Generally those who have written ancient Mexico history are foreigners, who from a Eurocentric point of view and an inexplicable and presumed cultural superiority, have always judged our differences with the European culture as shortcomings. What is not like them is less than them, in their opinion. This biased study of our history has been "plotted" as personal scientific booty for each of the foreign researchers and their Mexican disciples. This is why concepts such as "the Aztec civilization, the Mayan civilization, the Zapotec civilization", etc., are maintained, as if they were different cultural structures and civilizations.
It is forgotten that a culture forms an organic unity and that, therefore, should be studied from its center and not from one of its peripheral aspects. The concept of life is the <center> of every culture. Above all the ideas about the origin, the meaning and the lasting value of human existence, is what reveal the special genius of a culture. These ideas are the result of a form of existential consciousness of man in the cosmos; this is the reason why time erodes them only superficially." (Mircea Eliade. 1962)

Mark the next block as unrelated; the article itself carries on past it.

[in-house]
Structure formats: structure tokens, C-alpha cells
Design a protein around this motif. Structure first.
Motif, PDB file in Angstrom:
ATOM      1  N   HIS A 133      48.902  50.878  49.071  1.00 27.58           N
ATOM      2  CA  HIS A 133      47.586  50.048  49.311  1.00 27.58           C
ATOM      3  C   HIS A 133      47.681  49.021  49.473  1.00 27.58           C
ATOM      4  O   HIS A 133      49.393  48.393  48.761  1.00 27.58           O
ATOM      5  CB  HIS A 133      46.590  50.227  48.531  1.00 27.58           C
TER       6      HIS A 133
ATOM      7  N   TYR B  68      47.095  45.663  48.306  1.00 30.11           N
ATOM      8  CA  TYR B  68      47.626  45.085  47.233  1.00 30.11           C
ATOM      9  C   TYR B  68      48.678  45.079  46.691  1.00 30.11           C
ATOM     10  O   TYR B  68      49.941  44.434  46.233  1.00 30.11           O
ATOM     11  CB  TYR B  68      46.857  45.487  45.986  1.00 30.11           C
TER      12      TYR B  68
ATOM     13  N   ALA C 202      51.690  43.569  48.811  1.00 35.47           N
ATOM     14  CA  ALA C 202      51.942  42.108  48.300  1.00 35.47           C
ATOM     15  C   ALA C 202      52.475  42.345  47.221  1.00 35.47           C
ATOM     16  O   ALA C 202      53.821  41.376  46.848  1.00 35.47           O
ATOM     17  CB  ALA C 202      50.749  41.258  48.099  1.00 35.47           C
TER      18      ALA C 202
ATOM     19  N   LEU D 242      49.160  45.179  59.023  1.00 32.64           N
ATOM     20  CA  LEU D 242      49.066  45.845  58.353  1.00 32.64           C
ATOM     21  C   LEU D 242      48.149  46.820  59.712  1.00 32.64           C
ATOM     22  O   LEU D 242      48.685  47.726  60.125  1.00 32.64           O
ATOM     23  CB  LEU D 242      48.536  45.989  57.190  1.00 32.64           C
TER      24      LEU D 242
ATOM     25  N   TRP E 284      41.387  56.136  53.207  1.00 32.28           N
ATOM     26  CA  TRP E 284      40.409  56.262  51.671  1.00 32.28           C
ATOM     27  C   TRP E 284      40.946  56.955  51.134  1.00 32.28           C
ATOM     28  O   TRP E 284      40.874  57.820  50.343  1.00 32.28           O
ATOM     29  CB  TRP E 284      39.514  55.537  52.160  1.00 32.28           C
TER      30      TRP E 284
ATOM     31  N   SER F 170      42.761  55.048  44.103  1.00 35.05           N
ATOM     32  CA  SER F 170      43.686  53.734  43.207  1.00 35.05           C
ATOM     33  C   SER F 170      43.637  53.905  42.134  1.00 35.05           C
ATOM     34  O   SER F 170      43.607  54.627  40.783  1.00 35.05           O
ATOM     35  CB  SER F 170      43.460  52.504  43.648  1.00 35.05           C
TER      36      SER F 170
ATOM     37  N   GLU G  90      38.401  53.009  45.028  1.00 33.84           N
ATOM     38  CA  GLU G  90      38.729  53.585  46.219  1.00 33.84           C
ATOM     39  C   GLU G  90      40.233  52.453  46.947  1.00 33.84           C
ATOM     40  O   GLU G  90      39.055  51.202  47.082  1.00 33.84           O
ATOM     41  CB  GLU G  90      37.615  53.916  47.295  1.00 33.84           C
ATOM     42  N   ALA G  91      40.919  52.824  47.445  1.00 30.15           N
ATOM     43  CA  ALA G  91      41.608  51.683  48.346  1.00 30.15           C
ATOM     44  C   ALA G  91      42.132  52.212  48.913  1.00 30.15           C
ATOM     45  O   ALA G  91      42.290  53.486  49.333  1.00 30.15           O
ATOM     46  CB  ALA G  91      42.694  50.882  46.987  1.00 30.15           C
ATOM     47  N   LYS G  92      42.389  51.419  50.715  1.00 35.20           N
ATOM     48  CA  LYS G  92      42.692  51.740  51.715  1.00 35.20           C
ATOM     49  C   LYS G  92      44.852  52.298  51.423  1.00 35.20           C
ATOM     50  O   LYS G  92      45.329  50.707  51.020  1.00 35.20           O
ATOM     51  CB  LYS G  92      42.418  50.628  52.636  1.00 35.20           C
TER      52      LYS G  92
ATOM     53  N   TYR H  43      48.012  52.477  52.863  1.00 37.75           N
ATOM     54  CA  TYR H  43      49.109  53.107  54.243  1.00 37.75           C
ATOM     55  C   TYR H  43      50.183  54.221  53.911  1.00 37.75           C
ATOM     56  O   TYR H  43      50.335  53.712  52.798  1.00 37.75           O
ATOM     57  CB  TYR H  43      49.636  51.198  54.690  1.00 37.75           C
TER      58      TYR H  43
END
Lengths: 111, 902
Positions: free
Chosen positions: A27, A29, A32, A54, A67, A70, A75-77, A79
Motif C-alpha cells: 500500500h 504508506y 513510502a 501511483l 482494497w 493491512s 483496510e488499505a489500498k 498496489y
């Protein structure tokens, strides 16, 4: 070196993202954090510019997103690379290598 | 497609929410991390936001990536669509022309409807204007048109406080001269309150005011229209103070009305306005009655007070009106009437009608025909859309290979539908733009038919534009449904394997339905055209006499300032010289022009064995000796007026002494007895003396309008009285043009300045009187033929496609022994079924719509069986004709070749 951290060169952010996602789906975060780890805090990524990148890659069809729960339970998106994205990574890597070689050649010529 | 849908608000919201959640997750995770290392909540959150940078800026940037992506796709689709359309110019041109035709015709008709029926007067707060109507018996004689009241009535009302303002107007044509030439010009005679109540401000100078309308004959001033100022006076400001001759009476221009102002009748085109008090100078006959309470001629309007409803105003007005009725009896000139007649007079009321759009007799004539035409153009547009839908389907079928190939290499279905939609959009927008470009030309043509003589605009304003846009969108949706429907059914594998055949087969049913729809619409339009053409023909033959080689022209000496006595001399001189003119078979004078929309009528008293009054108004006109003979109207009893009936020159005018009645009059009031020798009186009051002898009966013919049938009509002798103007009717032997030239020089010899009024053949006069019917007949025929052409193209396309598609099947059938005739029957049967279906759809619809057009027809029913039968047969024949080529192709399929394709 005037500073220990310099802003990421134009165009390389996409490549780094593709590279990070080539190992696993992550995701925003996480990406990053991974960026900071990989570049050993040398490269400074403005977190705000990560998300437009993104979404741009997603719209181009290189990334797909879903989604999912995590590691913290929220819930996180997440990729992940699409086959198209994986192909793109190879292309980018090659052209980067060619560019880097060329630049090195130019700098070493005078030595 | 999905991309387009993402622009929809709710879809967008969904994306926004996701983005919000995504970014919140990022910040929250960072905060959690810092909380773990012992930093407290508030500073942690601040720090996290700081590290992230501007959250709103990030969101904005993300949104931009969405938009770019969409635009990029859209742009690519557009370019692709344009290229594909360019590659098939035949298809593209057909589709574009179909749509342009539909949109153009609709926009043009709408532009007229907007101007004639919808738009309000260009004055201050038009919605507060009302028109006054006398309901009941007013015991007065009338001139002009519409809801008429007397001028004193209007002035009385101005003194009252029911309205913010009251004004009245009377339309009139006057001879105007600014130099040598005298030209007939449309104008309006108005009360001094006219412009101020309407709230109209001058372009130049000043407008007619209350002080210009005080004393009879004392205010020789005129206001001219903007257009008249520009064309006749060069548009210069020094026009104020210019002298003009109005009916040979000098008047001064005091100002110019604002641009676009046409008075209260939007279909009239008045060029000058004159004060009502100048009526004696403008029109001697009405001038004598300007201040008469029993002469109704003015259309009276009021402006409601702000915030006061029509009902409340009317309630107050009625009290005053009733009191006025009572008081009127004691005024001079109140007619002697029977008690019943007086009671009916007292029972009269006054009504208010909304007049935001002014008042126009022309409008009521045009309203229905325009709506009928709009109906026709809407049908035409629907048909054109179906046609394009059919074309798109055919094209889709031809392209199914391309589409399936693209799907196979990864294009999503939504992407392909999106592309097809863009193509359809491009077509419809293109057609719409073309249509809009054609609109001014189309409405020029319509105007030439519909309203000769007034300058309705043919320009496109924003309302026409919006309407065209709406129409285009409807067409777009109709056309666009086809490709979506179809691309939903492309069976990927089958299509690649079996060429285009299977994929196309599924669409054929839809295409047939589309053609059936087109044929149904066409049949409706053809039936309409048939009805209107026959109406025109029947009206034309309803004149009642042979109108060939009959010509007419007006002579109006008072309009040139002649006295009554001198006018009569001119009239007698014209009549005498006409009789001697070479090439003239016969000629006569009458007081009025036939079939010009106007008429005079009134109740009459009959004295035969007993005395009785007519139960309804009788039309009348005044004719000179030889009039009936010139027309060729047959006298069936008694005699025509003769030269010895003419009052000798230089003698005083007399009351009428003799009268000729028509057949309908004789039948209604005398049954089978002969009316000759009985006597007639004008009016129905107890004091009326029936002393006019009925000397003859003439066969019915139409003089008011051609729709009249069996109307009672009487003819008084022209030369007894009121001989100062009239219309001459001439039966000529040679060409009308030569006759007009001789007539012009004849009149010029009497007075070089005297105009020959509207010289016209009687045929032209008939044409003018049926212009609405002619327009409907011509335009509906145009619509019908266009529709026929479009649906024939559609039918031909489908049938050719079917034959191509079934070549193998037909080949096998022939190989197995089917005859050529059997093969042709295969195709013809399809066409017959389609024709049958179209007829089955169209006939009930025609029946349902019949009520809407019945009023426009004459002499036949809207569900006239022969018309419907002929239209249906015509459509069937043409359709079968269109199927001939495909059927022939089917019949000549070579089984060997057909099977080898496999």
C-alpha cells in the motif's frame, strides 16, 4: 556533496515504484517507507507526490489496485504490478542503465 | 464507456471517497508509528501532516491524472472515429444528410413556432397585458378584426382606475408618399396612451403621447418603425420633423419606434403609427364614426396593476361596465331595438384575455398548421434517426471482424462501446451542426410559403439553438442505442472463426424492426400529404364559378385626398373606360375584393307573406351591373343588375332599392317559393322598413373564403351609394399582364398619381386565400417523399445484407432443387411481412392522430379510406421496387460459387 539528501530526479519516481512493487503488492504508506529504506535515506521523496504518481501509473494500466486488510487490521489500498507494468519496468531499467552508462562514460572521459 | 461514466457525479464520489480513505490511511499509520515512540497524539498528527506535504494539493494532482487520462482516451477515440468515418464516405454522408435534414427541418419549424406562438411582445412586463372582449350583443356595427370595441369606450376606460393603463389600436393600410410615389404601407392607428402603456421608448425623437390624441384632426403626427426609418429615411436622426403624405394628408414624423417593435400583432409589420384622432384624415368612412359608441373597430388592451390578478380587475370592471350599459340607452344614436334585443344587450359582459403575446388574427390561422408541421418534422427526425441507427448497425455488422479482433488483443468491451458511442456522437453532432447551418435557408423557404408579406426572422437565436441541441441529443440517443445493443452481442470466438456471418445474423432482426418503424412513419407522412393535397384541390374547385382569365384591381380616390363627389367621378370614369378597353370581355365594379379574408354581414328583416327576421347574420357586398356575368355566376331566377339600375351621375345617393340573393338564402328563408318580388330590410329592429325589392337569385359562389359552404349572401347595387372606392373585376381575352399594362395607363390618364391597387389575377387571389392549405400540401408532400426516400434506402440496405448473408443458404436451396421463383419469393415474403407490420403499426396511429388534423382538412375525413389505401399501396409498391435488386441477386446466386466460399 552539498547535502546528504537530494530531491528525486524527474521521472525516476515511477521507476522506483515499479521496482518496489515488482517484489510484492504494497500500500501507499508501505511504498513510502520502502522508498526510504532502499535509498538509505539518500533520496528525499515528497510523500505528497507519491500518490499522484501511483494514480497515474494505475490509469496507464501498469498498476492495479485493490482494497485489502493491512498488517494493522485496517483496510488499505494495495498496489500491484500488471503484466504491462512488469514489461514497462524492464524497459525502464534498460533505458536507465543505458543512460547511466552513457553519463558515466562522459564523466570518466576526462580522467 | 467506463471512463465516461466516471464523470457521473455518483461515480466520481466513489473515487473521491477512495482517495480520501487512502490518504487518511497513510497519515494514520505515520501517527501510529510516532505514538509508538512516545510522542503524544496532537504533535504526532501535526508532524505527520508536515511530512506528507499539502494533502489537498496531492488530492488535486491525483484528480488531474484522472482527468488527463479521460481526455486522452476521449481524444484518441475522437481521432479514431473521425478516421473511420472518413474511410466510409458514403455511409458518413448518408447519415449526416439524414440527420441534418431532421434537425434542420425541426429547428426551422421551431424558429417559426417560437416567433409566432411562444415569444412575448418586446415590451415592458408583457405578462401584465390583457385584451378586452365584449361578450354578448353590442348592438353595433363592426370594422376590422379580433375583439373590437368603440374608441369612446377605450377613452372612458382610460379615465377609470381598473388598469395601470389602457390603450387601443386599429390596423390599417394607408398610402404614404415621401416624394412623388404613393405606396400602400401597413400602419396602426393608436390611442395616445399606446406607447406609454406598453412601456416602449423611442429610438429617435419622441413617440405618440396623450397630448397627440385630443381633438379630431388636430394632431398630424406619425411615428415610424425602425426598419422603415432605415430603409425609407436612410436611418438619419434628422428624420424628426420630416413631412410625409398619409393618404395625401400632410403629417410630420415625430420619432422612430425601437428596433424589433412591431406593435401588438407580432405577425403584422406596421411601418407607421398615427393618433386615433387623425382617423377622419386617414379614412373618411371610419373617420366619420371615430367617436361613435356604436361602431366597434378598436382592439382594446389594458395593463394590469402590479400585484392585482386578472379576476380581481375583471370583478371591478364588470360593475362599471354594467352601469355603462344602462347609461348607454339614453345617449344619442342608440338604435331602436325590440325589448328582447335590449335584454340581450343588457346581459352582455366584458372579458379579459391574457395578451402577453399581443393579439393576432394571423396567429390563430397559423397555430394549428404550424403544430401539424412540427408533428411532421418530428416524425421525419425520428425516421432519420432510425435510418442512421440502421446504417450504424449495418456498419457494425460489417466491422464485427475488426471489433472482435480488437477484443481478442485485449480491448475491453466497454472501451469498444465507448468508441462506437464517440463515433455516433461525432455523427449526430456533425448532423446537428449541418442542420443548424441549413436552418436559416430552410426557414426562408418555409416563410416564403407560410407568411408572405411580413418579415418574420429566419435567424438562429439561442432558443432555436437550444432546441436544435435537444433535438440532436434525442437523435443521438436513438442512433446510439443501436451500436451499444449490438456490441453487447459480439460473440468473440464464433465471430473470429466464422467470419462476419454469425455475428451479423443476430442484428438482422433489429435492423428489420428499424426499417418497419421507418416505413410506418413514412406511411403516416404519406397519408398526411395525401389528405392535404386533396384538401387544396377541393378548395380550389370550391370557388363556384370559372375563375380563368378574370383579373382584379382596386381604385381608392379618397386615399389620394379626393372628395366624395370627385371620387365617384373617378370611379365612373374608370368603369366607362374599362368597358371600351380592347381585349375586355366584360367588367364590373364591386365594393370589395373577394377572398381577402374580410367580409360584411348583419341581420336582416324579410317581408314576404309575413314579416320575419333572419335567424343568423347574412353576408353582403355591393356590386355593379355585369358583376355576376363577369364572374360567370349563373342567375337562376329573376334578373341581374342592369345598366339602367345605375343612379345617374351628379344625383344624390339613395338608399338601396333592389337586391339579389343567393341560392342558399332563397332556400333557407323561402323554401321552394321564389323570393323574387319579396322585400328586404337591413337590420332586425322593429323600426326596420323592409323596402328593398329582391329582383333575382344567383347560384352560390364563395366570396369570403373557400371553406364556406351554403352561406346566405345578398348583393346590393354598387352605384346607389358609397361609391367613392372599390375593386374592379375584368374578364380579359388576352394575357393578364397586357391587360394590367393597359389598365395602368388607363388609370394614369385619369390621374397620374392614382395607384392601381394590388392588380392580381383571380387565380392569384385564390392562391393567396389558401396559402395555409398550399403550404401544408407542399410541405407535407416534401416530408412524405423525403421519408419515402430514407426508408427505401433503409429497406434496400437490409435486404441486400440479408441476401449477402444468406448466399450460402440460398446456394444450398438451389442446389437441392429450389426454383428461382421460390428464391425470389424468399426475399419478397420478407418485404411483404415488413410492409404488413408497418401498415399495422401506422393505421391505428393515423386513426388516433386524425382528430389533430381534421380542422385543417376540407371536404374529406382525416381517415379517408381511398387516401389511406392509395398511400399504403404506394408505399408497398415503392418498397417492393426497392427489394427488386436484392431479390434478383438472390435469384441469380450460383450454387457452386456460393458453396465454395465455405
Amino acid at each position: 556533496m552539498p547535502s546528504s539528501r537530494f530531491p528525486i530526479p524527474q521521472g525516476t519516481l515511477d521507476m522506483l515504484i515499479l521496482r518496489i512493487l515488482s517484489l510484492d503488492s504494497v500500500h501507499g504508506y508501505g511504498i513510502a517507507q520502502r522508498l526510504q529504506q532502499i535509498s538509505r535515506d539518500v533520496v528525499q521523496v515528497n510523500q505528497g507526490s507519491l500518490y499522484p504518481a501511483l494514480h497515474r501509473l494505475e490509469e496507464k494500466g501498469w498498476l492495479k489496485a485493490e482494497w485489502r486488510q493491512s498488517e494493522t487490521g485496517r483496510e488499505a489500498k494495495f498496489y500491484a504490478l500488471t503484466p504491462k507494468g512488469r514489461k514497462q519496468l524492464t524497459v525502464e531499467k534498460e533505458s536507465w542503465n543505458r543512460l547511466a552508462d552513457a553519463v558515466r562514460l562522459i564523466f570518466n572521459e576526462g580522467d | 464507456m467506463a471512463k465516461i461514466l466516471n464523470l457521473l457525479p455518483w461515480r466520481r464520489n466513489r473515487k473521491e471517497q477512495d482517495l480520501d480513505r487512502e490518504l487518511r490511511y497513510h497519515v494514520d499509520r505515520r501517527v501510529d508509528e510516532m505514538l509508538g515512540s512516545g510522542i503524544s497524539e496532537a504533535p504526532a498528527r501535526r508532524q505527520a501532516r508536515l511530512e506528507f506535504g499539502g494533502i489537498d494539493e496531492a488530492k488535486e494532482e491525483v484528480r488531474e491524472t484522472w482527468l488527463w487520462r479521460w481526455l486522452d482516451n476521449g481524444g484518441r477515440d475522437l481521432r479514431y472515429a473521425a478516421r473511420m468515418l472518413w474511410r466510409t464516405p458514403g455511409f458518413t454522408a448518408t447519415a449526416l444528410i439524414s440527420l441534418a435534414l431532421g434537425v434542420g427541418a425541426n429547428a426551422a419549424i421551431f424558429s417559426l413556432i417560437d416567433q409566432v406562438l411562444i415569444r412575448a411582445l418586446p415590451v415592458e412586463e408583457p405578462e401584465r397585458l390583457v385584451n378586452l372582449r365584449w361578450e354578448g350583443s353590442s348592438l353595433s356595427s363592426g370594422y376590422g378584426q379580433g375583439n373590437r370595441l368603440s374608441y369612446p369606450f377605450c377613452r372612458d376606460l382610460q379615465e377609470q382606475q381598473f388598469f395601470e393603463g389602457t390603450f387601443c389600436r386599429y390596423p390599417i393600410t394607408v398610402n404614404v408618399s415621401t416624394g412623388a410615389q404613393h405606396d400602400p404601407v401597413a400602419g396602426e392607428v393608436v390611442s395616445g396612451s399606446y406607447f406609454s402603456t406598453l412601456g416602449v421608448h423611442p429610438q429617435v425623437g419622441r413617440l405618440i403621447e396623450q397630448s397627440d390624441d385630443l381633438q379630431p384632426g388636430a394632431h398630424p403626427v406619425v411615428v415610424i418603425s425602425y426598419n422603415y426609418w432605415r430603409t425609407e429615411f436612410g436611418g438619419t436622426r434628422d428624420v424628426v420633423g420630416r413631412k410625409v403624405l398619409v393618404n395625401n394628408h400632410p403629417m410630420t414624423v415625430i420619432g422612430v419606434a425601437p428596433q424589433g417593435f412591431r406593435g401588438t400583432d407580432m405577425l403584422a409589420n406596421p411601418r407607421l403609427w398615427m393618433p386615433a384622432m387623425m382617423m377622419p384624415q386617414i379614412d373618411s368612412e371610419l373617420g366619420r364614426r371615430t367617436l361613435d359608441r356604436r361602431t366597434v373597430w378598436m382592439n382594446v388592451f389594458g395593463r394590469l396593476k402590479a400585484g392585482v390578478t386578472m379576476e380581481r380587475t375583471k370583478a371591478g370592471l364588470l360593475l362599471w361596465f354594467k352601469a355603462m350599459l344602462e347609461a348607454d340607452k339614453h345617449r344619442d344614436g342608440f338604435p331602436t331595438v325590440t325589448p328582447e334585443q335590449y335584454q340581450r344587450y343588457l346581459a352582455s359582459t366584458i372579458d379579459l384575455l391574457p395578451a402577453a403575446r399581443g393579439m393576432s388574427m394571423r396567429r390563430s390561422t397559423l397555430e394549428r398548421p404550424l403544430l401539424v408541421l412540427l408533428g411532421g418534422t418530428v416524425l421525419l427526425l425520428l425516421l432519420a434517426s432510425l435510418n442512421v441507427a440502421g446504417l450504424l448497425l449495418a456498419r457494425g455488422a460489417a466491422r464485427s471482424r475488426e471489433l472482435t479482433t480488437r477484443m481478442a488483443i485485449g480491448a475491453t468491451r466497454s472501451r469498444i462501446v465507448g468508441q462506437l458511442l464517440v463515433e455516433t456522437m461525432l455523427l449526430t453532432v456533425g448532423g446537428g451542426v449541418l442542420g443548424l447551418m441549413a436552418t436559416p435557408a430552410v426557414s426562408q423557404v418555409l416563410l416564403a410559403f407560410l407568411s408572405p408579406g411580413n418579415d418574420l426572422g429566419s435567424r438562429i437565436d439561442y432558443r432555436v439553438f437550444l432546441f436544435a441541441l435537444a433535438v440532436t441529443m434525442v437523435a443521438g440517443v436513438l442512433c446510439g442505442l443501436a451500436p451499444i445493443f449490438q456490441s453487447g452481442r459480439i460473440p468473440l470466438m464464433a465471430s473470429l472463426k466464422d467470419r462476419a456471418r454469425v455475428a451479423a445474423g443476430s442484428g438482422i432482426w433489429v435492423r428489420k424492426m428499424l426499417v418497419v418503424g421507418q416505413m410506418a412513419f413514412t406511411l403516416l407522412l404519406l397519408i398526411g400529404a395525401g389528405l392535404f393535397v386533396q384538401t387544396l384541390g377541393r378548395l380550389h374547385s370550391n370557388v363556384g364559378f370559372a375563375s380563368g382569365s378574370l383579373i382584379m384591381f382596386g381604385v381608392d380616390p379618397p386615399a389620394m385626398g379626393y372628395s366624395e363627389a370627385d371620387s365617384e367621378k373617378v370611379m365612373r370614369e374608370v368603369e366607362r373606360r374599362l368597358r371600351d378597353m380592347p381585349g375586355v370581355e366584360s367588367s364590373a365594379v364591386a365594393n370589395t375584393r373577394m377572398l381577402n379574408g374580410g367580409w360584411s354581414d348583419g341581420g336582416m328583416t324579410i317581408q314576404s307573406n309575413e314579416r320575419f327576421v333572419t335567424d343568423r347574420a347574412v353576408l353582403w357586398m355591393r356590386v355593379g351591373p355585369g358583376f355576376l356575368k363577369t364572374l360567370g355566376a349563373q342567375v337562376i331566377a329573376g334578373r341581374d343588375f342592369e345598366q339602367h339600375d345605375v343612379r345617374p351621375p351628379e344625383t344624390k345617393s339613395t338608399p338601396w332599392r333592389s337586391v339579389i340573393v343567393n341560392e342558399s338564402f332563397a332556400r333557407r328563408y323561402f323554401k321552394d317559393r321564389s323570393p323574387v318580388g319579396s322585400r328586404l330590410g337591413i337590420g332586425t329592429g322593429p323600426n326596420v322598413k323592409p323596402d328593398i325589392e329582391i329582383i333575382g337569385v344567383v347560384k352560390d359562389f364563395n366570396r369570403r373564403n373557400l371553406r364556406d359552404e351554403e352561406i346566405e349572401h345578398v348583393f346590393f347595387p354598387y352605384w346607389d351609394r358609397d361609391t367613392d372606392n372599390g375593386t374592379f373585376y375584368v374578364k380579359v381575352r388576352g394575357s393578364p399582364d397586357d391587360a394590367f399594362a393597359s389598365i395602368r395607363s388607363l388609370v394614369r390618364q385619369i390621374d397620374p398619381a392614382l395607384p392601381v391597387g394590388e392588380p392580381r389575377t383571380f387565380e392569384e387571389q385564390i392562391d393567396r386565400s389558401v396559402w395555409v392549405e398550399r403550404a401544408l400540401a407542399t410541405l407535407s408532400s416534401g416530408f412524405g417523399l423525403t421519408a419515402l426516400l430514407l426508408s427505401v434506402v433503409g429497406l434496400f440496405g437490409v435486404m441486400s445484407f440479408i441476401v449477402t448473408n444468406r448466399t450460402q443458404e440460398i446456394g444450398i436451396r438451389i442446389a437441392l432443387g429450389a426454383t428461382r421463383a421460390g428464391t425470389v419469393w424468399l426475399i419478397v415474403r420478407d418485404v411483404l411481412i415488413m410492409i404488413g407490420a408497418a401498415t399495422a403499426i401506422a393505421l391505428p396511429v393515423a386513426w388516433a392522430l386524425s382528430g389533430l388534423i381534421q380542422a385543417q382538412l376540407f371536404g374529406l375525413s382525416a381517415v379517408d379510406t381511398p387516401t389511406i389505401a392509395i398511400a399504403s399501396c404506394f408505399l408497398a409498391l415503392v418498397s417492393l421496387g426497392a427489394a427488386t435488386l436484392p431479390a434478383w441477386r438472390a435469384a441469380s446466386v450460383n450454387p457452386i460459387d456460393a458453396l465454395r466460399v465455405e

Mircea Eliade (Romanian pronunciation: [?mirt??e?a eli?ade]; March 13 [O.S. February 28] 1907 April 22, 1986) was a Romanian historian of religion, fiction writer, philosopher, and professor at the University of Chicago. He was a leading interpreter of religious experience, who established paradigms in religious studies that persist to this day. His theory that hierophanies form the basis of religion, splitting the human experience of reality into sacred and profane space and time, has proved influential. One of his most influential contributions to religious studies was his theory of Eternal Return, which holds that myths and rituals do not simply commemorate hierophanies, but, at least to the minds of the religious, actually participate in them.